Are you preparing music for college auditions or juries? The sImple changes below will make an immediate difference in a live or recorded audition.
Even a bit of dehydration can make our fingers and mind sluggish. Increase water intake the day before an audition by drinking 10 glasses of water spaced throughout the day. Waiting until the day of is too late. Runners have a saying: ‘drink for today’s practice run and tomorrow’s race.’ Think of an audition as a race!
Do you fervently work with a tuner only to hear from someone that your sound is still uneven or intonation is still problematic? Investigating the amount of up-and-down bell motion will be helpful. Excessive motion alters clarinet timbre and changes the pitch. Bell motion creates a Doppler effect that is exaggerated in resonant spaces. (Watch this 2-minute video explanation of the Doppler Effect here.)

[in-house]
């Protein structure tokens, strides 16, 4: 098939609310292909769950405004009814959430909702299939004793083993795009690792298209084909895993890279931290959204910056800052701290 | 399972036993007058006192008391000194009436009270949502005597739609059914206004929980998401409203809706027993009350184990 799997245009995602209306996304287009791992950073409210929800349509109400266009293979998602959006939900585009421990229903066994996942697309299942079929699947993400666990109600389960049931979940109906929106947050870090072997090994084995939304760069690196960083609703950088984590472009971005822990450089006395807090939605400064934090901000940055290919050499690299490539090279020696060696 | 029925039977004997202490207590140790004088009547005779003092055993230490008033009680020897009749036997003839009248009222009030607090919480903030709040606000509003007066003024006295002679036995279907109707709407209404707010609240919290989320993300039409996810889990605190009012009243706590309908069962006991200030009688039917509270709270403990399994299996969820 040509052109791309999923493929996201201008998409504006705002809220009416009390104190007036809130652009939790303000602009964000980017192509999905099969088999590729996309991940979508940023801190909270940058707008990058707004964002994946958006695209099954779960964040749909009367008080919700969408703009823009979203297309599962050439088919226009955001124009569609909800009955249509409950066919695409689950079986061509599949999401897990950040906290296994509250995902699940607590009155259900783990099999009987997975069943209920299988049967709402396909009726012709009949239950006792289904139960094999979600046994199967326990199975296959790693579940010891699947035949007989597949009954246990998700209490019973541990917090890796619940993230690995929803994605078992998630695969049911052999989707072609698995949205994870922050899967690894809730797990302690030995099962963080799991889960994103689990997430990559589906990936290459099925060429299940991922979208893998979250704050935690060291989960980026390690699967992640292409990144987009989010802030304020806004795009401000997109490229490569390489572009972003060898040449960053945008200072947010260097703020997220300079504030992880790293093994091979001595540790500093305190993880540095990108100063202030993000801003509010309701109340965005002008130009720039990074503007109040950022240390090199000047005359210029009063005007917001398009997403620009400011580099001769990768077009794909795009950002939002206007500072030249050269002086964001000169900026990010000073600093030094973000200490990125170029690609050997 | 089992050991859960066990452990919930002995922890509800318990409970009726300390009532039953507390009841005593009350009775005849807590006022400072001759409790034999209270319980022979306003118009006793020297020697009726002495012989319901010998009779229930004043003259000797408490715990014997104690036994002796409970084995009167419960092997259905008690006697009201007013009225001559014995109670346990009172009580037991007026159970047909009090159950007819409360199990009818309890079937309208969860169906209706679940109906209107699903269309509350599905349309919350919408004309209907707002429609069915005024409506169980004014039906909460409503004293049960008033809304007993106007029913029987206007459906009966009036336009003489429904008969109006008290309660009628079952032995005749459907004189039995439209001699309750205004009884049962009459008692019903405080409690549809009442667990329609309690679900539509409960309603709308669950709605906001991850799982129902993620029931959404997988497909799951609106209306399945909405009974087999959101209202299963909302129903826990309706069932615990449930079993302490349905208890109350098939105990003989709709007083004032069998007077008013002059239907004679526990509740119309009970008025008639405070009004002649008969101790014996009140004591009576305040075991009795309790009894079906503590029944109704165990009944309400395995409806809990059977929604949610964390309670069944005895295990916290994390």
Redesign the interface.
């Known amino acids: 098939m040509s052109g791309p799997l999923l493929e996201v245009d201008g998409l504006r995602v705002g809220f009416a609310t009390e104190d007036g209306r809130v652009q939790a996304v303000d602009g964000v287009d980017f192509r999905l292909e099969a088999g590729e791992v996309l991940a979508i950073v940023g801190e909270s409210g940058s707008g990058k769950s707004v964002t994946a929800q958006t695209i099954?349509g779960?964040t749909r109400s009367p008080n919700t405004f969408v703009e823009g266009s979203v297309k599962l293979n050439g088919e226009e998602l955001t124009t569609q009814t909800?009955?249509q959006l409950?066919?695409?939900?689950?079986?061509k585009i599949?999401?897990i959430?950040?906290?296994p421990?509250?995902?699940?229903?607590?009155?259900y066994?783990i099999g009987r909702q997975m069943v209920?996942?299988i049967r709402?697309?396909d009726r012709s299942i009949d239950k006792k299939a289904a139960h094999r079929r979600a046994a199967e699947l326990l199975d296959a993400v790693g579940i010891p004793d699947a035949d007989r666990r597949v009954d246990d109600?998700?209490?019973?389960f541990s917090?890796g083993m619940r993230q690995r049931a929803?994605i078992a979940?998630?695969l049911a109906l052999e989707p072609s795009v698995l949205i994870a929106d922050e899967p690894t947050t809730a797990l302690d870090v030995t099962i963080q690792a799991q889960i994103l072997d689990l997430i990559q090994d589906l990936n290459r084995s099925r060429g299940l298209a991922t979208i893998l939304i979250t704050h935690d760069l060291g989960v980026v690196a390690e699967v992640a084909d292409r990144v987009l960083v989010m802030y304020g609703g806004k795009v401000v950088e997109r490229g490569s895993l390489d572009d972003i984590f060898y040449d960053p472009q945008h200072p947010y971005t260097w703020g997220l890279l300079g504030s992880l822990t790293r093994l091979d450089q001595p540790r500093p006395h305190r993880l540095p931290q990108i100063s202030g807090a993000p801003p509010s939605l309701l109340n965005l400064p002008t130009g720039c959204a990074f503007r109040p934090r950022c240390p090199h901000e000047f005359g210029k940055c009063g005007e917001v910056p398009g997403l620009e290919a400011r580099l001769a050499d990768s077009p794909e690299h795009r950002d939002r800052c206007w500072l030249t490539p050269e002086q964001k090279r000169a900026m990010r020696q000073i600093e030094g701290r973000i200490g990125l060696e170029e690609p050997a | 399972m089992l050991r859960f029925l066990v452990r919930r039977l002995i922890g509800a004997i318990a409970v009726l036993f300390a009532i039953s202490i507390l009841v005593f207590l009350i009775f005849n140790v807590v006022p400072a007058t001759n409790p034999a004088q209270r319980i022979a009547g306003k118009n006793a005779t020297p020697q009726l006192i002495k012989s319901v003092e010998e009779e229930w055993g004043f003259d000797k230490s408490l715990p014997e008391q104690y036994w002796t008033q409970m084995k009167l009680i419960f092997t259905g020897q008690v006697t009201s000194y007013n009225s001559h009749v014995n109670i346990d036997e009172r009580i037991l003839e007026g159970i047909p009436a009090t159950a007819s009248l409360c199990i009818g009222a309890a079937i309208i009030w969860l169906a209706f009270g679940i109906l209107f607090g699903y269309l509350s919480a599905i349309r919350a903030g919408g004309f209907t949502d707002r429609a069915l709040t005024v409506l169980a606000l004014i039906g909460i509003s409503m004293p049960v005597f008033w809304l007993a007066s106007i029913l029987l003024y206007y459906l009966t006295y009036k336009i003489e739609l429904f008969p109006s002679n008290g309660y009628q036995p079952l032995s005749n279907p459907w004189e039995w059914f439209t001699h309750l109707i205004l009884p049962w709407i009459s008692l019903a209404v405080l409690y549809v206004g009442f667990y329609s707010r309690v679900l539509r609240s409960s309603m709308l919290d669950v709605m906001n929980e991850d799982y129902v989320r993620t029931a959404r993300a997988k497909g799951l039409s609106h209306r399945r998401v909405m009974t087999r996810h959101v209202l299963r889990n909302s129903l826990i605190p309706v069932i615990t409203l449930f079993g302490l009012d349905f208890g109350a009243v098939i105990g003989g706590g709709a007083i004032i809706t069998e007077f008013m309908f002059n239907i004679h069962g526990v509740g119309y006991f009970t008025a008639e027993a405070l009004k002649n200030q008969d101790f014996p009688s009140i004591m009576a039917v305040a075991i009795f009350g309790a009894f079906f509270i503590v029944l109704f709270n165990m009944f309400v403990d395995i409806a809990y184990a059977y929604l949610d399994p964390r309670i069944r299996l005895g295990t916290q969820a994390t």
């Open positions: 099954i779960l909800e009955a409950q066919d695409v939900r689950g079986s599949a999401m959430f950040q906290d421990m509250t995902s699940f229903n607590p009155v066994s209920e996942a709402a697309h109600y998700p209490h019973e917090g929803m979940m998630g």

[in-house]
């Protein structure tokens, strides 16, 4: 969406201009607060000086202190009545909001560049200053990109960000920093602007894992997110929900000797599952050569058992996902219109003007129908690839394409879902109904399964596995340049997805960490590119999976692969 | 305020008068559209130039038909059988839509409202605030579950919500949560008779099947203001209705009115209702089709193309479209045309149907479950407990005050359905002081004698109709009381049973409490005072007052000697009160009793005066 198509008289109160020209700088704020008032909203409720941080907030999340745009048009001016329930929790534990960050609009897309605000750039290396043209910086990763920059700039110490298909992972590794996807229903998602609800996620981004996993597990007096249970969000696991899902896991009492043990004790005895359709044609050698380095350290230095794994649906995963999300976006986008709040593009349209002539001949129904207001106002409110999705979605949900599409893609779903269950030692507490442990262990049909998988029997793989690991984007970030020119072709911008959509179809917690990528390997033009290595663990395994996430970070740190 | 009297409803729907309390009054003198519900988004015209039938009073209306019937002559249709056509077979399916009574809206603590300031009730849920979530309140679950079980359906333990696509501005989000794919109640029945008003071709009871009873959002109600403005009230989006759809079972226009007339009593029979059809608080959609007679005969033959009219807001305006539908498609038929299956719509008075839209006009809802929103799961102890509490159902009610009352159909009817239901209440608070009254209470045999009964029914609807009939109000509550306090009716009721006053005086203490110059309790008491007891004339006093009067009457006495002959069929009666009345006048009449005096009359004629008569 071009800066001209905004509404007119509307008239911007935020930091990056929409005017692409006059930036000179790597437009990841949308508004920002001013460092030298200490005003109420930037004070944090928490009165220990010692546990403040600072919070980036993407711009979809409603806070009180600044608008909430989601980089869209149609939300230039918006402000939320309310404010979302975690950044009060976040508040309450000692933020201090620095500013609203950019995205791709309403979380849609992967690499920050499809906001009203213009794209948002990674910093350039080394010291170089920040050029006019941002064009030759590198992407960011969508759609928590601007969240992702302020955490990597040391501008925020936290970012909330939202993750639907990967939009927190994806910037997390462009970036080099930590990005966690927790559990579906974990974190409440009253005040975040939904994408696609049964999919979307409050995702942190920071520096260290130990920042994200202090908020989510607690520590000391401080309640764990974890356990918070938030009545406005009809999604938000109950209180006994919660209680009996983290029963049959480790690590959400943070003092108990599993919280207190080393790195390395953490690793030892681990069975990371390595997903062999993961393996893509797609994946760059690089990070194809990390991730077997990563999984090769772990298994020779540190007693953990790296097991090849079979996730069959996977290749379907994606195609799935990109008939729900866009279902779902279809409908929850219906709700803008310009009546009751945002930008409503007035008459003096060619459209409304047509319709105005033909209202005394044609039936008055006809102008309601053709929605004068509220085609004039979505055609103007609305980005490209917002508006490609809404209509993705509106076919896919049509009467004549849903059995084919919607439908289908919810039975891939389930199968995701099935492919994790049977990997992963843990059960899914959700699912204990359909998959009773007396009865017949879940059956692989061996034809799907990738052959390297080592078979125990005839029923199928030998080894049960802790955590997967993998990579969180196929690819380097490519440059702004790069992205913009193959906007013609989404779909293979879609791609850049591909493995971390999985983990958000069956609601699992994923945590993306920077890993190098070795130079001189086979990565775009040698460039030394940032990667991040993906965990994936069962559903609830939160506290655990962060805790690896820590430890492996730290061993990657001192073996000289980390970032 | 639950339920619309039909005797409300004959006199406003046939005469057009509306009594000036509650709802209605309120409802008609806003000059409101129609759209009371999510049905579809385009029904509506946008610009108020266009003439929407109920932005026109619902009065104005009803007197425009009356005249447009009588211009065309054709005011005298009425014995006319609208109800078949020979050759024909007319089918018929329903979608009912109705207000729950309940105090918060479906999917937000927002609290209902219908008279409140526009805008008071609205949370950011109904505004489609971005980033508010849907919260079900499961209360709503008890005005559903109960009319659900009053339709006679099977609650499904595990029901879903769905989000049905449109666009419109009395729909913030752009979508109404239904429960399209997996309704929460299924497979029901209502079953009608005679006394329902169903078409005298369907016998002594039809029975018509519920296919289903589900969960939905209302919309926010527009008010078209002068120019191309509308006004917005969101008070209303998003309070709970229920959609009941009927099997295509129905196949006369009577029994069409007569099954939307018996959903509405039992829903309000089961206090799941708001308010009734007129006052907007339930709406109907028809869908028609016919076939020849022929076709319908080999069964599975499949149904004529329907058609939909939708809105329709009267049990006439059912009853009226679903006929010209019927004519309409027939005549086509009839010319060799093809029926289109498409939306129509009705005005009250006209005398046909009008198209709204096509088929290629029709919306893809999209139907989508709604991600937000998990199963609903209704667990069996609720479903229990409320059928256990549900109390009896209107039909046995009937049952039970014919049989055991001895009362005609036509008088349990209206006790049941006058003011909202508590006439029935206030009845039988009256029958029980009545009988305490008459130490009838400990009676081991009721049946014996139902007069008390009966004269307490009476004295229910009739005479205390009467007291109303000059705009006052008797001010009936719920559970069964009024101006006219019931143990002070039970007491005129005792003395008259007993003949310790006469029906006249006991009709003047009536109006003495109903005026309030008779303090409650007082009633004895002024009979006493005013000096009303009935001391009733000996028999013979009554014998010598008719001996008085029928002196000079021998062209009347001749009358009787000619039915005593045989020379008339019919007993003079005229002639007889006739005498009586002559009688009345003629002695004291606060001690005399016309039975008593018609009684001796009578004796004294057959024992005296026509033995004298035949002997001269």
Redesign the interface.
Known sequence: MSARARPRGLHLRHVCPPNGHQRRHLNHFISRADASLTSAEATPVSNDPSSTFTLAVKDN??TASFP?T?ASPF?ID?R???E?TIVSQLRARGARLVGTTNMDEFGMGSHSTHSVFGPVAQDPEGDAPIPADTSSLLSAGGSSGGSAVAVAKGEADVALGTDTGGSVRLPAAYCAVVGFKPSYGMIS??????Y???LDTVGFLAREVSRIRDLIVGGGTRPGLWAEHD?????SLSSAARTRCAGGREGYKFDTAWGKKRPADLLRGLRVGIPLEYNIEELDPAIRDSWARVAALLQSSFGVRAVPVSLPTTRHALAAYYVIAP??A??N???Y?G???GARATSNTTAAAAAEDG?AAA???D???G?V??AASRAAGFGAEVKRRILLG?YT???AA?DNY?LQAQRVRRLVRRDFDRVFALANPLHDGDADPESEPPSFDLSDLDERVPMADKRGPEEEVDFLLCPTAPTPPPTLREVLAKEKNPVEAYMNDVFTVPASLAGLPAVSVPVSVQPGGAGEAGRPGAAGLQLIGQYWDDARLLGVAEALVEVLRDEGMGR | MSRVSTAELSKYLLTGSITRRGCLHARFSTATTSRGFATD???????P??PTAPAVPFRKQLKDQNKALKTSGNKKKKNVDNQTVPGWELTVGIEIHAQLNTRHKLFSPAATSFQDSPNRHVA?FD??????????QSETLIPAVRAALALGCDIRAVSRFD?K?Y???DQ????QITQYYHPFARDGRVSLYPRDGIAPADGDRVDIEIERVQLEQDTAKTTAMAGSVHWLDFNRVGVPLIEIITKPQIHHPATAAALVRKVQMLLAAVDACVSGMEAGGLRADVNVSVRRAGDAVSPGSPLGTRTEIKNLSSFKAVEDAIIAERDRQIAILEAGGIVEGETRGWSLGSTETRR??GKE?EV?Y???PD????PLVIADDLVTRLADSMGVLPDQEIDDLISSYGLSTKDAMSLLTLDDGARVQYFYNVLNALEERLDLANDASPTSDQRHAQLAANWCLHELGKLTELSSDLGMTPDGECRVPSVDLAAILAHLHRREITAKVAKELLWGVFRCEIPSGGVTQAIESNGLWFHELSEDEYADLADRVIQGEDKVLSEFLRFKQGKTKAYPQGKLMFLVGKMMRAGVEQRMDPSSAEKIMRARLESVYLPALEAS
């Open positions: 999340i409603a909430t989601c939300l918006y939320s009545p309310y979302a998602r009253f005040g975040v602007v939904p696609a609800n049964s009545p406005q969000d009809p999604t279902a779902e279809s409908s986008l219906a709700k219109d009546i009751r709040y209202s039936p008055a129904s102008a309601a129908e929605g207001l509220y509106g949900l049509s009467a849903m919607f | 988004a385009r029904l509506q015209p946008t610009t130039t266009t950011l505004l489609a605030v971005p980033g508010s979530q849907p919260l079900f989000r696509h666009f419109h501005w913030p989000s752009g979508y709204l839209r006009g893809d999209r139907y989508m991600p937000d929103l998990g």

To test, video-record and watch the bell. Is it moving up and down when taking a breath or when playing over the break? Record again in a reverent space and listen for minute pitch or timbre changes. The goal is not to eliminate all motion, but to find a way to move that does not cause pitch issues.
Second, be certain the bell is not buried between the knees in bulky clothing, as it will deaden the tone and flatten the pitch of the long B natural. Let the bell rise one inch above the clothing while playing a long B. Learn to let the bell gently fall back into resting position on other notes.
We will continue our series on better auditions, examining several excerpts where pitch is often a problem. Happy practicing!